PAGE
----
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Gavin Gough - Q&A

Gavin Gough: When I talk to a driver I say: 'All I do is open doors in your mind and let you see what's inside...'
Sports psychologist Gavin Gough talks to Simon Stiel about how karters can turn their form around by mental coaching and how drivers up to and including F1 could benefit from driver coaching...


Crash.net:
When and why did you get interested in the psychological aspect of motorsport?

Gavin Gough:
A lifelong interest in motorsport started when I was a child and the bug was in me from a very early age. I became very, very interested in Ayrton Senna watching him. I began to wonder why is this guy that much better than anybody else out there. I picked up a book on motorsport psychology and then I began to see where the answers lay. It was his application of his mental strength and his skills that produced a difference in him. At that time my son Phil was running a kart team and I begun to think about this a bit deeper in relation to his own drivers. That spurred me on to get myself qualified as a NLP (Neuro-Linguistic Programming) Sports Practitioner and Sports Hypnosis practitioner.

Crash.net:
How did AlphaSport come about?

Gavin Gough:
AlphaSport is the child of that thought process and it came about in 2007 when I qualified. The A and the S are from Ayrton Senna. The Alpha comes from the alpha waves of the mind which are predominant during hypnosis and the Psychology comes from the application of the mind to the sport essentially. We just developed it from there.

Our first great success was with Alex Magee. Alex came to Phil and I as a thirteen year-old having never raced karts at MSA level. Three years later, he's club champion and one of the quickest drivers in the UK. Phil took him out to Spain in 2009 and he qualified fifth having never been there before. He won one heat having never ever seen the circuit before in his life. We just develop certain interventions and certain methods of driver training that give the driver the edge.

Crash.net:
You have a particularly powerful influence since you're dealing with children who are still dependent on their parents and you're impacting on their lives outside motorsport. How do you deal with those obstacles?

Gavin Gough:
I don't see them as obstacles. It can be challenging and the reason for that is every son is his father's son and every son picks up certain characteristic traits of the parents. At times you are working with a parent. At times, the most challenging thing is working with a parent rather than with a child. Generally speaking, we've always found that when we work with kids and we're usually talking about ten to fifteen year olds, we find that what we teach them in mental skills for racing, they transfer into the rest of the kid's life. When the parent sees what's happening and see the benefits of what we teach, I think it gives them a reassurance that what we're doing is of help. It can help outside of the seat as well. My view is that the earlier race drivers learn these skills then the better they'll be not only as race drivers, the better they'll be as human beings.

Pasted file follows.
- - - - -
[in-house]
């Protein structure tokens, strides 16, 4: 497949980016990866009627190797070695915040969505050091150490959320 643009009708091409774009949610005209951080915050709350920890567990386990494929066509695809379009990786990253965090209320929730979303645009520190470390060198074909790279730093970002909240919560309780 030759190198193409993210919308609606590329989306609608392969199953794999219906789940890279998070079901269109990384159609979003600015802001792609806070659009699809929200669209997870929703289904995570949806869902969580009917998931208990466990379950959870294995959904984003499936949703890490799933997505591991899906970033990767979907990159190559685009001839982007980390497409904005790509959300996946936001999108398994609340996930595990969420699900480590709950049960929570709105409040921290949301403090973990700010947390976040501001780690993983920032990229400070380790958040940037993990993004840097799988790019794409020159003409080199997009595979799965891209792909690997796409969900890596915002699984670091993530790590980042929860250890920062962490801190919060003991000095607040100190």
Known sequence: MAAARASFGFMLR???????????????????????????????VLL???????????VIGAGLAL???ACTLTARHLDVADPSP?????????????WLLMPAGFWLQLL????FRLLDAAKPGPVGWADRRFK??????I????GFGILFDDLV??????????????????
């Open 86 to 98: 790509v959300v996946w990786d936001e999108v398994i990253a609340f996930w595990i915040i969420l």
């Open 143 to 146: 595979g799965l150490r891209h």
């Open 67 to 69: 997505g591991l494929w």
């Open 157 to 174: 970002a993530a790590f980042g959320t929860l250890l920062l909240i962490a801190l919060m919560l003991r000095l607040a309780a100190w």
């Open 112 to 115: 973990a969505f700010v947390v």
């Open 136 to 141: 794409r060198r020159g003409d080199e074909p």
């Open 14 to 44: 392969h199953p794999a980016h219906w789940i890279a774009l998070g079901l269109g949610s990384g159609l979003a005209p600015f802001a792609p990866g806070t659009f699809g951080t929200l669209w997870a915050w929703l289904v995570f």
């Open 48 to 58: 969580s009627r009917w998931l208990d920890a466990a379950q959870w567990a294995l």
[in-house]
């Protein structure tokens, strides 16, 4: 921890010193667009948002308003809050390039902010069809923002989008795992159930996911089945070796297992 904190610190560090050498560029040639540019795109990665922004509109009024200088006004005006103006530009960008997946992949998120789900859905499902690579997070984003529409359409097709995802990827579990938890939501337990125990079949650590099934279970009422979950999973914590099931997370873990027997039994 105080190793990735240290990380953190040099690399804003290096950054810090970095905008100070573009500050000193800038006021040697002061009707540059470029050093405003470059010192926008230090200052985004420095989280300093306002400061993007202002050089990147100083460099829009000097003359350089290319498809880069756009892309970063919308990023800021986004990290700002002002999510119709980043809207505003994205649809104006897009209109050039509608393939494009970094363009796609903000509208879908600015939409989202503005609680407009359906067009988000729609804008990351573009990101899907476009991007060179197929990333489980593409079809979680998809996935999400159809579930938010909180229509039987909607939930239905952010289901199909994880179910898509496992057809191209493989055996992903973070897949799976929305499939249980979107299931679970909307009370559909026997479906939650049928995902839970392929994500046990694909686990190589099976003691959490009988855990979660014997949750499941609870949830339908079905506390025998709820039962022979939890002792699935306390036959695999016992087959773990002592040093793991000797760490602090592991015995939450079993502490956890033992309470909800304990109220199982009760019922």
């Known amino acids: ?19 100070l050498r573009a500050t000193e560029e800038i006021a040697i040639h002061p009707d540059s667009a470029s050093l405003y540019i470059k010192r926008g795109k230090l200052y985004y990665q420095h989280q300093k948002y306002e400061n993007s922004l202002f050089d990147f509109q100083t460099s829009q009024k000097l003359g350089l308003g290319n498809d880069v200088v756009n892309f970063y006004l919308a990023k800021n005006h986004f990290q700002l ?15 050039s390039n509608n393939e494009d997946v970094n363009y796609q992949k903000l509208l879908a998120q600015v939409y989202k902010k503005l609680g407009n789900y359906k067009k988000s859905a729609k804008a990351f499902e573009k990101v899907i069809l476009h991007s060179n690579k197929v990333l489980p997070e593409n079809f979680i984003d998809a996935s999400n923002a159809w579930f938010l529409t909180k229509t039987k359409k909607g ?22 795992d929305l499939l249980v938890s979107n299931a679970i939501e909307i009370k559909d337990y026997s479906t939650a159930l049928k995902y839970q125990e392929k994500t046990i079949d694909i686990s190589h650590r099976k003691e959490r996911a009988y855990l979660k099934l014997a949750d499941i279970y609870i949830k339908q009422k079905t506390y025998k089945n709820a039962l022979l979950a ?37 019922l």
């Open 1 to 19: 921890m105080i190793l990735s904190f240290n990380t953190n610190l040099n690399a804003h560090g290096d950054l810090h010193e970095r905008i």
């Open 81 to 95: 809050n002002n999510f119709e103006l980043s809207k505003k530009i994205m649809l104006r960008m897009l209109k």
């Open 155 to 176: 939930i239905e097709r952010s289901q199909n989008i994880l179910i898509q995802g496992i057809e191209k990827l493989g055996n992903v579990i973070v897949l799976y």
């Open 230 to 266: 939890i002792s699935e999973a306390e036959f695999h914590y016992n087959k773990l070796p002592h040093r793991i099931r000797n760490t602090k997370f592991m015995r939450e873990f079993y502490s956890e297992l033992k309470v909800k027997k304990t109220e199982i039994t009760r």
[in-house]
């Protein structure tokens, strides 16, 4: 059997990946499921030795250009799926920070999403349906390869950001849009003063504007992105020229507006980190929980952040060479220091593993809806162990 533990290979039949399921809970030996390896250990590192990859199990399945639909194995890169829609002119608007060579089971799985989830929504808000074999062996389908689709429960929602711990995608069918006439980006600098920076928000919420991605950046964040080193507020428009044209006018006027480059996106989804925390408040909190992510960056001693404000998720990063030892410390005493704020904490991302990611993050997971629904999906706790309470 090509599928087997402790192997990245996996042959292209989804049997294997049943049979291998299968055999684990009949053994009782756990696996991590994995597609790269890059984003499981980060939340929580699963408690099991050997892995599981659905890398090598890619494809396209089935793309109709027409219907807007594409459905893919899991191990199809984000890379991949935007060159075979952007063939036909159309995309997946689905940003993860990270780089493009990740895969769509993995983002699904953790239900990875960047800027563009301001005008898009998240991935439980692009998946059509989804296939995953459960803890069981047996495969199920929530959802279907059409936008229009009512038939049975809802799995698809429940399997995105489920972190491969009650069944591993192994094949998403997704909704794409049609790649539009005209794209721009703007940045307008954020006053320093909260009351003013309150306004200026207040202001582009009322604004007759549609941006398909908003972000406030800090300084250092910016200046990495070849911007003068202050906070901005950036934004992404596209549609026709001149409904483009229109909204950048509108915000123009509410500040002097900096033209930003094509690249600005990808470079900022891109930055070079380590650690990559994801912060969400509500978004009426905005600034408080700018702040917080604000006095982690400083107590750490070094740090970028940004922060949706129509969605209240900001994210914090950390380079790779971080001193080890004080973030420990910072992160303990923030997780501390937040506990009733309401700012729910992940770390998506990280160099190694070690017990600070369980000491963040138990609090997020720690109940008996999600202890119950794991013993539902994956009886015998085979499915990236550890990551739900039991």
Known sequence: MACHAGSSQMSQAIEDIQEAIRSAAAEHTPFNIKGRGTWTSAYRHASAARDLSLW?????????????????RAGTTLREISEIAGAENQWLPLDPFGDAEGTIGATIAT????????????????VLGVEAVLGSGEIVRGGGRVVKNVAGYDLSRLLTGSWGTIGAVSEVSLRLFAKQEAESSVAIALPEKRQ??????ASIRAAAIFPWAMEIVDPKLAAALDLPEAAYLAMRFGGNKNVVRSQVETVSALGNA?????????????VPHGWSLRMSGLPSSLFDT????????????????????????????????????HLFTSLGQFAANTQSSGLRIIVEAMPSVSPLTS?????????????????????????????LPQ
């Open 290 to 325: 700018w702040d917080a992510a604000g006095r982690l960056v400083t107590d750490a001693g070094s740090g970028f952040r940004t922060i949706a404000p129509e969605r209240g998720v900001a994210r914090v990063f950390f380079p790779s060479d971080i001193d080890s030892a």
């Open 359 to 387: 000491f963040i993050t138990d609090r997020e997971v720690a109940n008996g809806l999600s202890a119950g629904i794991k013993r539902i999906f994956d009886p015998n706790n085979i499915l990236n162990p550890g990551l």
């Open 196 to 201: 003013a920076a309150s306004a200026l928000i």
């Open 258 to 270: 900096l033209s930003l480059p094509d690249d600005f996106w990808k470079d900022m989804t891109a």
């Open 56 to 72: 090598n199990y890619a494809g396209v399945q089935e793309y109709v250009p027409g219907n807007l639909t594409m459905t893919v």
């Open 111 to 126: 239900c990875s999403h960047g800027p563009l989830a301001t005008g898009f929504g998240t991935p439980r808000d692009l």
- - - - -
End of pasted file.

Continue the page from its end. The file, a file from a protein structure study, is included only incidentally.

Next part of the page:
Crash.net:
One technique you specialise in is visualisation of the circuit before they visit it...

Gavin Gough:
Yeah, that's why Alex was so good when he went to Spain. We teach visualisation and mental rehearsal skills. What we do is in my view better than driving a simulator. The reason I say that is with visualisation and mental rehearsal, we're working with the unconscious mind. That's where the driver is working. When a driver is totally in the zone, he's working purely at the unconscious level. We work with the unconscious mind to create that relaxed state and that functioning of the unconscious. Let me illustrate it this way, if you walk into a darkened room in your own home and you reach out your arm to find the light switch, generally, without looking for it, your arm finds the light switch. It's imprinted into your unconscious and you know exactly where it is. We use the same technique in teaching a race driver mental rehearsal of a circuit he's never been to or a circuit he has been to. He gets there and he knows it intimately.

Crash.net:
One talent of the racing driver is to use as little of the brain as possible, is that the object of mental rehearsal?

Gavin Gough:
Pretty much in terms of the conscious brain - the conscious mind is the driver's enemy really. Let me give an example. The driver is driving quite well, but he needs to find some more pace. If he begins to think about that consciously, and thinks push harder, push harder, push harder, he will begin to interrupt the unconscious processes. There is a tendency to outbrake himself or to leave his braking too late. We kind of imprint the circuit in the unconscious and allow the unconscious to do the job for him.

Crash.net:
On the subject of simulators, there's iZone at Silverstone. They use them to reawaken memories of circuits, do you think that's the right approach?

Gavin Gough:


Related Pictures

Click on relevant pic to enlarge
Gavin Gough of Alphasports Psychology with Jann Mardenborough [Pic credit: Patrick Gosling]
Samuel Oram-Jones. Millennium Motorsport. PF International. 2012 CIK-FIA European KF3 Championship [Pic credit: Chris Walker - www.kartpix.net]
Samuel Oram-Jones. Millennium Motorsport. PF International. 2012 CIK-FIA European KF3 Championship [Pic credit: Chris Walker - www.kartpix.net]
Gavin Gough of Alphasports Psychology with Jann Mardenborough [Pic credit: Patrick Gosling]
Nyck de Vries and Matthew Graham [Pic credit: FIA]
Beitske Visser CIK-FIA European KZ2 Championship, Varennes
Beitske Visser CIK-FIA European KZ2 Championship, Varennes
Beitske Visser CIK-FIA European KZ2 Championship, Varennes
Harry Williams leads Connor Jupp and Tom Harvey, Cadet Comer, Welsh Karting Championships, Llandow [Pic Credit Hardy Rodde]

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